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Whenever I DM (5e D&D), I tend to treat any creature without a language as bestial in its behavior (mostly in combat), especially if it has an intelligence score of 5 or less. This has never been a problem for me as outside of combat my players typically were happy to treat dangerous creatures as things to be destroyed or reasoned with (if possible). This always felt like it only applied to combat though as a mastiff has an INT of 3 and no known languages - but dogs have been known to understand somewhat complex commands with instruction.

Recently my players have expressed on multiple occasions the desire to tame and train various monsters as pets. I tend to allow things that are not explicitly forbidden in the rules and am excited for the potential challenges "taming" wild beasts and monsters could bring. However, one player is fixated on draconic pets and I had to inform him that dragons are sapient and so can be befriended or enslaved (unless he has some kinky relationship in mind har har).

This led me to the question in my title: How should I determine a creature's sapience?

  1. Is my rule of INT>5 and knowing a language adequate?

  2. Is there a better way?

  3. Or is it case by case and influenced by lore?

To clarify

I mean by sapience that a creature that has a level of intelligence and personality that would allow them to have a sense of self and understand that others have a separate perspective from their own and see the world differently. This is a difficult concept to convey, I just want to know where to draw the line between between friend and pet somewhere.

  • Example. How complex are a pseudodragon's thoughts? It has INT 10, can understand but can't speak a language, but apparently can only convey emotions like hunger, fear, and affection. Does it secretly contemplate its place in the multiverse?
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    \$\begingroup\$ What's the relevance of "sapience" here? Is it just "can this be trained or does it need to be befriened/reasoned with?"? Because humans can be trained as well, if that's really something you want to do. \$\endgroup\$ – Erik Oct 15 '18 at 6:58
  • \$\begingroup\$ @Erik I feel that training a human (or other sapient) as a pet would need to be accompanied by a reduction of intelligence and self-awareness, otherwise you are just creating a slave or educating someone. \$\endgroup\$ – Szega Oct 15 '18 at 9:56
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    \$\begingroup\$ @Szega that's probably a deep and semantic discussion about the nature of training and being a pet, hence my question (and the new information clarifies it as far as I'm concerned) \$\endgroup\$ – Erik Oct 15 '18 at 10:01
  • \$\begingroup\$ Do you consider a PC with an intelligence of 3 to be sapient? When rolling up a character, one could get an intelligence that low. \$\endgroup\$ – KorvinStarmast Oct 15 '18 at 11:22
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    \$\begingroup\$ I realize that Science Fiction sort of conflate the two, but are you asking about sentience or sapience? As an adjective they have some differences in their definitions that may be important. \$\endgroup\$ – Slagmoth Oct 15 '18 at 13:07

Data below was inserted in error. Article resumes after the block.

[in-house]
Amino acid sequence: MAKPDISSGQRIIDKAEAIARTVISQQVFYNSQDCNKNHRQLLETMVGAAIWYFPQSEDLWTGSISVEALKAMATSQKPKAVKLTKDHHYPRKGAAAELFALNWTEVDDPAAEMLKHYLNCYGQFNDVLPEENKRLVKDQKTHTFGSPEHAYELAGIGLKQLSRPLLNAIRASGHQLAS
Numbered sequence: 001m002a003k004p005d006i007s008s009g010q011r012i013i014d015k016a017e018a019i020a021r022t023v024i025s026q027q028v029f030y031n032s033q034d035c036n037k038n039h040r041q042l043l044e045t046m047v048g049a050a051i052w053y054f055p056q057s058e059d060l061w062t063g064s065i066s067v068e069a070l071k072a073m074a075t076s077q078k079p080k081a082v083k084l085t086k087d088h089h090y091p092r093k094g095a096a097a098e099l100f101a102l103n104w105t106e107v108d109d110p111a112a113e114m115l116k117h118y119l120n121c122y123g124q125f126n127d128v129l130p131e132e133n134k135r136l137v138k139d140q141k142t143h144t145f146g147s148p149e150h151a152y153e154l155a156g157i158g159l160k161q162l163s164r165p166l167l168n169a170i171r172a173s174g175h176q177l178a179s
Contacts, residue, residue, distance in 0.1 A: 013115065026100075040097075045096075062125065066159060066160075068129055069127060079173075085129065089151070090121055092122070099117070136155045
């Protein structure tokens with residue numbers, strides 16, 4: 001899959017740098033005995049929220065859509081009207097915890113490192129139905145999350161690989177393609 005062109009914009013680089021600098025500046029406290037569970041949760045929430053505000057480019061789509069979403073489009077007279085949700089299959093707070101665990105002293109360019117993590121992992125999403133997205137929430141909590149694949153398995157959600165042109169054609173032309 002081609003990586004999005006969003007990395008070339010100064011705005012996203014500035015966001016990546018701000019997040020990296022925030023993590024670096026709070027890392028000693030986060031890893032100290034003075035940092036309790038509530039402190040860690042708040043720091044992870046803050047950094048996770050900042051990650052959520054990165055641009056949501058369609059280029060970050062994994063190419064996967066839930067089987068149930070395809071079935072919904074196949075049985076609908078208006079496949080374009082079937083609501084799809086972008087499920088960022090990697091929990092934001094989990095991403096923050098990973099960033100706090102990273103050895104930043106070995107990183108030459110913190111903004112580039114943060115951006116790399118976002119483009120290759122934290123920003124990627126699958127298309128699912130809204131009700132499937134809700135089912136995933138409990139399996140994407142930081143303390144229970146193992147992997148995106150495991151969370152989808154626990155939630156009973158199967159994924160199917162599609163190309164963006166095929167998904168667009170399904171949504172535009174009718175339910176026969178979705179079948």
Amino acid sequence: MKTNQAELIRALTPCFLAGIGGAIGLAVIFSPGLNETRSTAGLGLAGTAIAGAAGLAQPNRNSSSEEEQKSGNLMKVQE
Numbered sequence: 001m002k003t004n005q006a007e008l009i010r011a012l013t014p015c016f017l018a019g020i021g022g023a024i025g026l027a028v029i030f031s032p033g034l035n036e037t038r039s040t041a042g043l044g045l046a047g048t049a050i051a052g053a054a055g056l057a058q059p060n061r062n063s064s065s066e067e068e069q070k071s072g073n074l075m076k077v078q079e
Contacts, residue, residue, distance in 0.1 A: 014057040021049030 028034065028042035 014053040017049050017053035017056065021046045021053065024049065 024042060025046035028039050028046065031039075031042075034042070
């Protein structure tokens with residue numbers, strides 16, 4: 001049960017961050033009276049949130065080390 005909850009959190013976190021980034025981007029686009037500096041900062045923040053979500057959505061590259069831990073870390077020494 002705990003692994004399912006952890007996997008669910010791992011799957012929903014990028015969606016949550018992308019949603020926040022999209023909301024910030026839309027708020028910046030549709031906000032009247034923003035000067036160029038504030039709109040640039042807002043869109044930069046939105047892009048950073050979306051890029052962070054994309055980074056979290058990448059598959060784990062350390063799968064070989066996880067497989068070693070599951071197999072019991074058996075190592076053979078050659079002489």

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It's likely case by case and influenced by lore. You can probably find examples failing your test on either end, but it seems a good starting point. But honestly, I'd just run it case by case, as situations come up where a player wants to influence an actual creature in your game.

Let's take some examples:

Ogres are Int 5 and know a language; by your criteria they would be pets. Most people would consider them sapient (if barely).

Trolls are Int 7 and know a language; they would be sapient by your criteria and most people would agree.

Worgs are Int 7 and know multiple languages. They are described as being "mounts", but are also known to turn on their riders if mistreated.

Likewise, Winter Wolves have Int 7 and know multiple languages. They are described as being "companions", which probably makes them sentient.

Your Pseudodragon example has Int 10 and understands languages, but can't speak. It seems that its ability to communicate is limited only by its body, not its mind. They seem to make a conscious choice to bond with people and do not accept poor treatment. I'd say that makes them pretty sapient.

Remorazes have Int 4 and don't know languages. According to their description, they can be trained to become guards.

But then, Ropers have Int 7, also don't know languages. They do not appear to be trainable at all. Whether they are sapient is unknown, but they certainly seem smart enough to be.

Scarecrows have Int 10, understand languages, also don't speak. These things are "bound to their master's will", so despite pretty high intelligence, they probably aren't particularly sapient and they can be "trained" in so far as they do what their master tells them to.

But then Helmed Horrors also have Int 10 and understand languages (but don't speak). But they are clearly described as being "intelligent" and "loyal" and can interpret your orders and act on your intentions. They also devise tactics. So clearly they are some form of sapient.

So it seems that neither having (or not having) a language or having an Intelligence of 5 or more is a clear indicator of something being sapient. Some creature types seem more likely to be sapient (ie; humanoids, giants, dragons) while other less so (constructs, beasts, undead) but there is probably counter examples within each type.

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